Caring For The Caregiver

 

There are significant demands on the caregiver, that can be emotionally, physically and financially taxing, and the rewards for this role are often not tangible. You may lose your patience periodically or be torn between feelings of love, a sense of satisfaction about the care you are providing, and resentment because caregiving responsibilities tend to limit you.
Caregiver burnout is a reality that you must be cautious of.

Signs of burnout include:

  • persistent resentment and complaining of the caregiving role,
  • loss of interest in life,
  • lack of motivation and efficiency,
  • irritability,
  • inability to concentrate,
  • anger and/or increased frustration,
  • lack of sleep,
  • feelings of emptiness and sadness,
  • emotional exhaustion,
  • sense of being overwhelmed or burdened,
  • violent feelings,
  • seldom feeling appreciated,
  • never having time for pleasure,
  • feelings of guilt if you take time for yourself,
  • fantasizing about escape
  • physical symptoms such as headaches, backaches, gastrointestinal symptoms, lethargy, cardiovascular problems and skin conditions.

These feelings should be a red flag that you need to pay more attention to your own care needs because burnout affects your health, motivation, attitude and mood.

In order to cope better:

  • Develop reasonable expectations that you may have of yourself and that your loved one may have of you.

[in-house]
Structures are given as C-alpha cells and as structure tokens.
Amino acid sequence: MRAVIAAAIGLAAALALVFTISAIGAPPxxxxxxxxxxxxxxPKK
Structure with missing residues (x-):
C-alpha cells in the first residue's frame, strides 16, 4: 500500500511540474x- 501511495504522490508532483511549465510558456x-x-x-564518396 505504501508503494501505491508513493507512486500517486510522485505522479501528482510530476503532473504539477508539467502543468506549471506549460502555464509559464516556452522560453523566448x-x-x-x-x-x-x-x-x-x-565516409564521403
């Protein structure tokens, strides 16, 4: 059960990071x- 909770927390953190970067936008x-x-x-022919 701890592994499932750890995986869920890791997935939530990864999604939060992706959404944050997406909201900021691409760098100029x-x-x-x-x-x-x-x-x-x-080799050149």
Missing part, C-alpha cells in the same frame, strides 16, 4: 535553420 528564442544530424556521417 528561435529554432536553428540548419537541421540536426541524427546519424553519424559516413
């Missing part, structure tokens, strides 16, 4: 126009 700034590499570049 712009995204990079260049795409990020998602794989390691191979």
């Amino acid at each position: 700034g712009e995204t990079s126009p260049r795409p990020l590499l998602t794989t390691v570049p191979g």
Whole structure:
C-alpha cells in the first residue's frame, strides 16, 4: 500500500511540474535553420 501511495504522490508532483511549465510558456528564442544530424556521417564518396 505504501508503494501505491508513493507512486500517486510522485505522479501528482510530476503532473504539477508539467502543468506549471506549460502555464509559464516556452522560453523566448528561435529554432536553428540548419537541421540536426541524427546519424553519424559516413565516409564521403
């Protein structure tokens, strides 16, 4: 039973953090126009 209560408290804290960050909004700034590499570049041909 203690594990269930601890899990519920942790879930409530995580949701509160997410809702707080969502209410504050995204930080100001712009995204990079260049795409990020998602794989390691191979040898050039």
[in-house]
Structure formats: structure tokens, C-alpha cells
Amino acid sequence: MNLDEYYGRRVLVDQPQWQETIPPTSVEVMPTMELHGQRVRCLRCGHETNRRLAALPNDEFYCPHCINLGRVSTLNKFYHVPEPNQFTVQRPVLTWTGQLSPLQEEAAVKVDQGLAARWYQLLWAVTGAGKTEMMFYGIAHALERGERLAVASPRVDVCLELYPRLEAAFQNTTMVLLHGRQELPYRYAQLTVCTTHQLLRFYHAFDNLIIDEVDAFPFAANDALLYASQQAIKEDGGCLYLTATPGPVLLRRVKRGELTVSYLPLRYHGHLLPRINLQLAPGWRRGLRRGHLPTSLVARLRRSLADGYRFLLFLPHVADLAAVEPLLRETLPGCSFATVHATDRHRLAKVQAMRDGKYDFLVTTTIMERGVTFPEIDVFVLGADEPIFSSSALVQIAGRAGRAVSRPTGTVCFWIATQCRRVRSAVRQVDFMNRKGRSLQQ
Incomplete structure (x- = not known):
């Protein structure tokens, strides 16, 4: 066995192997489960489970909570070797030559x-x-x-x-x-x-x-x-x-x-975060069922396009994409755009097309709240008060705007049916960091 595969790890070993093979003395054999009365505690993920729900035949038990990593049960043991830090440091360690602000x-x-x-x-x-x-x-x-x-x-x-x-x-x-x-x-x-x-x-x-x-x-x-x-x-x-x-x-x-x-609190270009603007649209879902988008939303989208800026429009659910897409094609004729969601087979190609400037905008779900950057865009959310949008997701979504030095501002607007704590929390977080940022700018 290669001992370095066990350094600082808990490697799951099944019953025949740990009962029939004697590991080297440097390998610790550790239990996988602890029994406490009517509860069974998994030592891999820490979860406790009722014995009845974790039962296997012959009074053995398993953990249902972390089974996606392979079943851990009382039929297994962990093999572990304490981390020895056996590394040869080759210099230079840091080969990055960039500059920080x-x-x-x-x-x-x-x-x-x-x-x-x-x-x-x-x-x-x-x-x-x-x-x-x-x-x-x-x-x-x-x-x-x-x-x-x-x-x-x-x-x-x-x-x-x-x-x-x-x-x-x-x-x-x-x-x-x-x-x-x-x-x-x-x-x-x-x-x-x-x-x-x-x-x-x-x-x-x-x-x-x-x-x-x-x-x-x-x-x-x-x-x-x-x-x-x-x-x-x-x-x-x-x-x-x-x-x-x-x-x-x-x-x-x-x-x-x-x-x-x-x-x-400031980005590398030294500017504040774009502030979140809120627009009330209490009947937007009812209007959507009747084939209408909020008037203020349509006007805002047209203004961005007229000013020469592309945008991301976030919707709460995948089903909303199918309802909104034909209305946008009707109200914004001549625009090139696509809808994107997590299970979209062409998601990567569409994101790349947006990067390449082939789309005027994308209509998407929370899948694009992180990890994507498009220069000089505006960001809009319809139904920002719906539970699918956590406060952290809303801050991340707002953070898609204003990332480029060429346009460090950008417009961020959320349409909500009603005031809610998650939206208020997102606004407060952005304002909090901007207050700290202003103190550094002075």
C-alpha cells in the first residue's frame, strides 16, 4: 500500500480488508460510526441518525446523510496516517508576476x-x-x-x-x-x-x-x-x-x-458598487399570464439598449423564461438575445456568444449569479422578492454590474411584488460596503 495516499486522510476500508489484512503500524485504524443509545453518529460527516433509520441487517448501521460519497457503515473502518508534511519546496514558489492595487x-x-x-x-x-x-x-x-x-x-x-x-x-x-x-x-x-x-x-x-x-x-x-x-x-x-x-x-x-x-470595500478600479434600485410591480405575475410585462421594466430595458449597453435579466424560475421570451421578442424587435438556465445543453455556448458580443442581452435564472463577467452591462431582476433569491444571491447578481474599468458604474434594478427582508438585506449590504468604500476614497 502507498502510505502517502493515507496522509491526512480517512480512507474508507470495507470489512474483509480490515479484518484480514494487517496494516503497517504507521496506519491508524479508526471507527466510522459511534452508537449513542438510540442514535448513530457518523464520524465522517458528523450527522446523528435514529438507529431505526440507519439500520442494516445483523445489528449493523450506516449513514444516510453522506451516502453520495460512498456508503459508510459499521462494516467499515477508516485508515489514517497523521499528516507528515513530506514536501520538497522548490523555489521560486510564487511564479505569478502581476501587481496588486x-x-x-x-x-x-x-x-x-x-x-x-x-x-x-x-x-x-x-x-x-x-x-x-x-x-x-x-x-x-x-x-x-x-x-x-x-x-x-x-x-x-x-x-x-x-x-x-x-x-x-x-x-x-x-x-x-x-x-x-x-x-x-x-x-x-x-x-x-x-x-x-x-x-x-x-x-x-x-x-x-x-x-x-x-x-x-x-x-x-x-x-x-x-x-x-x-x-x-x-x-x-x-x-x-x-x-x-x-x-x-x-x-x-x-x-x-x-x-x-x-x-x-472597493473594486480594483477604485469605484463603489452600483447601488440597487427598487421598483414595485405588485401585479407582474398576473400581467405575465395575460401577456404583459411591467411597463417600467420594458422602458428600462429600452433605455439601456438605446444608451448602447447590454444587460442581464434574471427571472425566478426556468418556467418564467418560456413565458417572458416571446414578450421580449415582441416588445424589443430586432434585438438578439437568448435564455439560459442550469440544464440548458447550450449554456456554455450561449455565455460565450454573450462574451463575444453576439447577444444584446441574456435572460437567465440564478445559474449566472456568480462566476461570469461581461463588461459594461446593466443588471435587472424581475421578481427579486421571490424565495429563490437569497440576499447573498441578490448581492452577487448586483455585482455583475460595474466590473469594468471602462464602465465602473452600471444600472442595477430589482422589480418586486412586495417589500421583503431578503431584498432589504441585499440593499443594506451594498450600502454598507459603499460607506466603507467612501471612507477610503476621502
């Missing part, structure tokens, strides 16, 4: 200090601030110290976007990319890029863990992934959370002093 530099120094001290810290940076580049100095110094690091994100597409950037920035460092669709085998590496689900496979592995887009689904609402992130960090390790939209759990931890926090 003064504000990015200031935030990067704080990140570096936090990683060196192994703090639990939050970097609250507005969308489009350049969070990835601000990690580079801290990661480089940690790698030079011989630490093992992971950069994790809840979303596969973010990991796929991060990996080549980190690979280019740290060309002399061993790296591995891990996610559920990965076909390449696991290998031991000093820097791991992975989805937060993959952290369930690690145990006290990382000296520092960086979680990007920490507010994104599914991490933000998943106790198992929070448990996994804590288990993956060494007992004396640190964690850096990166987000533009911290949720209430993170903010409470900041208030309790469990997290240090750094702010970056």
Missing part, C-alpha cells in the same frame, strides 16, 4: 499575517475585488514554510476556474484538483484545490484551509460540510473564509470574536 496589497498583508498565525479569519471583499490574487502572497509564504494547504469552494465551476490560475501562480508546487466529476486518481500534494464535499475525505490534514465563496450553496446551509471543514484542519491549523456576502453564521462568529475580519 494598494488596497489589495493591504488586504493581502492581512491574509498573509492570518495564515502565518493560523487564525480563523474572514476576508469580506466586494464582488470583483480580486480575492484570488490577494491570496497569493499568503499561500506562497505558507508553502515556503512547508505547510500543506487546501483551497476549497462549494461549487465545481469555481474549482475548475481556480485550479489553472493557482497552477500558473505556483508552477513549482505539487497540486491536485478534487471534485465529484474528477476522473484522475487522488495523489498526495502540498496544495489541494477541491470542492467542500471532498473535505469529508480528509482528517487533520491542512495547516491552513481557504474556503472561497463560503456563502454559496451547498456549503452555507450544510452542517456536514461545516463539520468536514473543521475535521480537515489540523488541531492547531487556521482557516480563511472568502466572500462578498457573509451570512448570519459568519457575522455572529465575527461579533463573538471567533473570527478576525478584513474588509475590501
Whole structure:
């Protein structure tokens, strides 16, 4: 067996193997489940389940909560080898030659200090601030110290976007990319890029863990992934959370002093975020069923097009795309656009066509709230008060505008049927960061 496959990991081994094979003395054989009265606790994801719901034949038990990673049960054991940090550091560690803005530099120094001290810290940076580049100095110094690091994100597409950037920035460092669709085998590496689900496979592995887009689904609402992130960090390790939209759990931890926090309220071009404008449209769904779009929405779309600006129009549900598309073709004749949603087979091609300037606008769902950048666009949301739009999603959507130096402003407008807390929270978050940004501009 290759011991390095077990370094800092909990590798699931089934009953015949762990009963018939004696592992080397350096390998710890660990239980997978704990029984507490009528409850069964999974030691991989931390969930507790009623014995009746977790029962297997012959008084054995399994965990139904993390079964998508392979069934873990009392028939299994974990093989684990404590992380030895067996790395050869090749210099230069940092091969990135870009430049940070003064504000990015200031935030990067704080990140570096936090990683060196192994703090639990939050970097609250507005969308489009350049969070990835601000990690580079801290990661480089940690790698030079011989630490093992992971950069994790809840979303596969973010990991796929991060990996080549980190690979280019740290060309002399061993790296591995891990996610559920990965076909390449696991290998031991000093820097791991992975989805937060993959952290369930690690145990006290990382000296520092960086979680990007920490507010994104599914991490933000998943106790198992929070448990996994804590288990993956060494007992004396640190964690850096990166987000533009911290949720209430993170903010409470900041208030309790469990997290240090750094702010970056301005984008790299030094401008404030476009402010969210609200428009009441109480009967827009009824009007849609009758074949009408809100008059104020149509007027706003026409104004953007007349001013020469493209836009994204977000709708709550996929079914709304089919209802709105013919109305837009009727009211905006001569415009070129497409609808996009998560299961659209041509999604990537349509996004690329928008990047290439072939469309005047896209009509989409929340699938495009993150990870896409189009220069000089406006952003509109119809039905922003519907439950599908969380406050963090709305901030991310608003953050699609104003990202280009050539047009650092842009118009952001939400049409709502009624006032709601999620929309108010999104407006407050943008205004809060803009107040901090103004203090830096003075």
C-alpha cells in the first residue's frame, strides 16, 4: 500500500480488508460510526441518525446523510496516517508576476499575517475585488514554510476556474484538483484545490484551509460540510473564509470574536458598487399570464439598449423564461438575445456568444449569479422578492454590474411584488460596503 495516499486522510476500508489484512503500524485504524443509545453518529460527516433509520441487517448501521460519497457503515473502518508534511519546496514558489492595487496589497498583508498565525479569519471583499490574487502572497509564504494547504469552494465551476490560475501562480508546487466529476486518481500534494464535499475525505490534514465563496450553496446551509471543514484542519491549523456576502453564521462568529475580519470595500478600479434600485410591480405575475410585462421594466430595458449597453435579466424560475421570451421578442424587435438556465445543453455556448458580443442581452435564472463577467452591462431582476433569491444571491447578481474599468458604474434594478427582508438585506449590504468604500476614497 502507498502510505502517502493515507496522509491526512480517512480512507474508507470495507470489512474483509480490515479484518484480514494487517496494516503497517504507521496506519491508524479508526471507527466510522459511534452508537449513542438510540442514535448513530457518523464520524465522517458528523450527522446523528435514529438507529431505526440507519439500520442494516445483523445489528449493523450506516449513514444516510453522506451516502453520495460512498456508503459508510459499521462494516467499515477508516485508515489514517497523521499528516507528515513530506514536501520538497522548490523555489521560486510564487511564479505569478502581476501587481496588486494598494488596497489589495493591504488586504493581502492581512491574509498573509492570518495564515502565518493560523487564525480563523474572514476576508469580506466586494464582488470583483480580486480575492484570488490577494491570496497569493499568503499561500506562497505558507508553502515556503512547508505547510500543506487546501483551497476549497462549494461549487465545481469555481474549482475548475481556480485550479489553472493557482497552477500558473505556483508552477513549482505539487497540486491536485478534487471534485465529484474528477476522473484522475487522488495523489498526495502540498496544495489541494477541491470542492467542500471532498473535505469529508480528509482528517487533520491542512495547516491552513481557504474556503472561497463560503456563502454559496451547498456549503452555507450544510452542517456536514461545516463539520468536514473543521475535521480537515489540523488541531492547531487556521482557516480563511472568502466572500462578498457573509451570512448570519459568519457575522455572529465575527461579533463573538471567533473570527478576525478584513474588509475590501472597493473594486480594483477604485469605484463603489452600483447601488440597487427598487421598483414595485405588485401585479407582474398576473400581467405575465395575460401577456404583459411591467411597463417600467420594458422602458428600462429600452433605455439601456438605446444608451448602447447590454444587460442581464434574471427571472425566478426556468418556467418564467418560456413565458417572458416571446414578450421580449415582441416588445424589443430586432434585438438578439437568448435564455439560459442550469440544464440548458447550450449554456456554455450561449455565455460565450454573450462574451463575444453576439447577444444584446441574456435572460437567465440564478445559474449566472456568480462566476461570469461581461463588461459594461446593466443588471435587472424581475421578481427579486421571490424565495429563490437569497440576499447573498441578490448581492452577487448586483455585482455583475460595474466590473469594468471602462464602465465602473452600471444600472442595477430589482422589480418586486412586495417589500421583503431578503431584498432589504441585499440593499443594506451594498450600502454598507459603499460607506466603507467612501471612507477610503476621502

• Inform yourself about what to expect and have a plan in place for the long term care of your family. Bring in volunteers from organizations to assist you when needed and use community supports, such as CCAC, respite care, day programs and private caregivers.
  • Find support groups or journal your various emotions, and express these feelings to your family and the person you're providing care to.
  • Elicit very specific help from your family members, and if they cannot help physically with care, suggest they contribute financially.
  • Try to be efficient, for example you may use delivery services.
  • Exercise, even a little
  • Practise stress management techniques.
  • Include your loved one in their own care rather than taking over their tasks for them.
  • Prioritize caring for yourself. You can do this by carving out sacred time for you, where you can isolate and take time to check in. This is ideal for you to reassess your situation so that you may address problems as they arise.
  • It is often helpful to remember past difficult experiences that you handled well set the example for your current struggles.
  • Praise yourself for the care that you are providing and never diminish what you are doing.

 

Credit Valley Hospital